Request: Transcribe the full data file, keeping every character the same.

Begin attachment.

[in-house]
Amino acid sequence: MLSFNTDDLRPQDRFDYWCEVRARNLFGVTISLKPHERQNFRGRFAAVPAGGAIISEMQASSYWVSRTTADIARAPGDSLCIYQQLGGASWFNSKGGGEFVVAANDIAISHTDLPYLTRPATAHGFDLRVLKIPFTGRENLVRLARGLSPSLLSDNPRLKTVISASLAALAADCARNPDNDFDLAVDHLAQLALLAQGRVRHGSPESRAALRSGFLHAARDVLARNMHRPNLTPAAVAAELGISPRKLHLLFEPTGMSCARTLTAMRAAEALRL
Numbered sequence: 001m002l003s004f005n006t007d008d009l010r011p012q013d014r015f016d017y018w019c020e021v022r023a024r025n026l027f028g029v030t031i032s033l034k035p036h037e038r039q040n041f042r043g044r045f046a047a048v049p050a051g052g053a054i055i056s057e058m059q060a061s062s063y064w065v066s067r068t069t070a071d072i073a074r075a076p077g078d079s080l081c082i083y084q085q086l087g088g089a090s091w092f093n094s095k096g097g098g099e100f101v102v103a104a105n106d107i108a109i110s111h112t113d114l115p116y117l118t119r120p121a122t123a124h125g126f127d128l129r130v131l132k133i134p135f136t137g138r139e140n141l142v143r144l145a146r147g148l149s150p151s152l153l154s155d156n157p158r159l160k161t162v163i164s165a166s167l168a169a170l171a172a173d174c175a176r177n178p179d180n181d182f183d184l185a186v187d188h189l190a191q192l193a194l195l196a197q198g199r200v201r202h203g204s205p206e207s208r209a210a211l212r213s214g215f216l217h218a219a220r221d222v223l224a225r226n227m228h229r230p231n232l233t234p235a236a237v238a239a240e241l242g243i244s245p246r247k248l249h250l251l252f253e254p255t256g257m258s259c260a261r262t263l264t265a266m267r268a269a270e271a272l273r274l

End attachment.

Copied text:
[in-house]
Amino acid sequence: MLSFNTDDLRPQDRFDYWCEVRARNLFGVTISLKPHERQNFRGRFAAVPAGGAIISEMQASSYWVSRTTADIARAPGDSLCIYQQLGGASWFNSKGGGEFVVAANDIAISHTDLPYLTRPATAHGFDLRVLKIPFTGRENLVRLARGLSPSLLSDNPRLKTVISASLAALAADCARNPDNDFDLAVDHLAQLALLAQGRVRHGSPESRAALRSGFLHAARDVLARNMHRPNLTPAAVAAELGISPRKLHLLFEPTGMSCARTLTAMRAAEALRL
Numbered sequence: 001m002l003s004f005n006t007d008d009l010r011p012q013d014r015f016d017y018w019c020e021v022r023a024r025n026l027f028g029v030t031i032s033l034k035p036h037e038r039q040n041f042r043g044r045f046a047a048v049p050a051g052g053a054i055i056s057e058m059q060a061s062s063y064w065v066s067r068t069t070a071d072i073a074r075a076p077g078d079s080l081c082i083y084q085q086l087g088g089a090s091w092f093n094s095k096g097g098g099e100f101v102v103a104a105n106d107i108a109i110s111h112t113d114l115p116y117l118t119r120p121a122t123a124h125g126f127d128l129r130v131l132k133i134p135f136t137g138r139e140n141l142v143r144l145a146r147g148l149s150p151s152l153l154s155d156n157p158r159l160k161t162v163i164s165a166s167l168a169a170l171a172a173d174c175a176r177n178p179d180n181d182f183d184l185a186v187d188h189l190a191q192l193a194l195l196a197q198g199r200v201r202h203g204s205p206e207s208r209a210a211l212r213s214g215f216l217h218a219a220r221d222v223l224a225r226n227m228h229r230p231n232l233t234p235a236a237v238a239a240e241l242g243i244s245p246r247k248l249h250l251l252f253e254p255t256g257m258s259c260a261r262t263l264t265a266m267r268a269a270e271a272l273r274l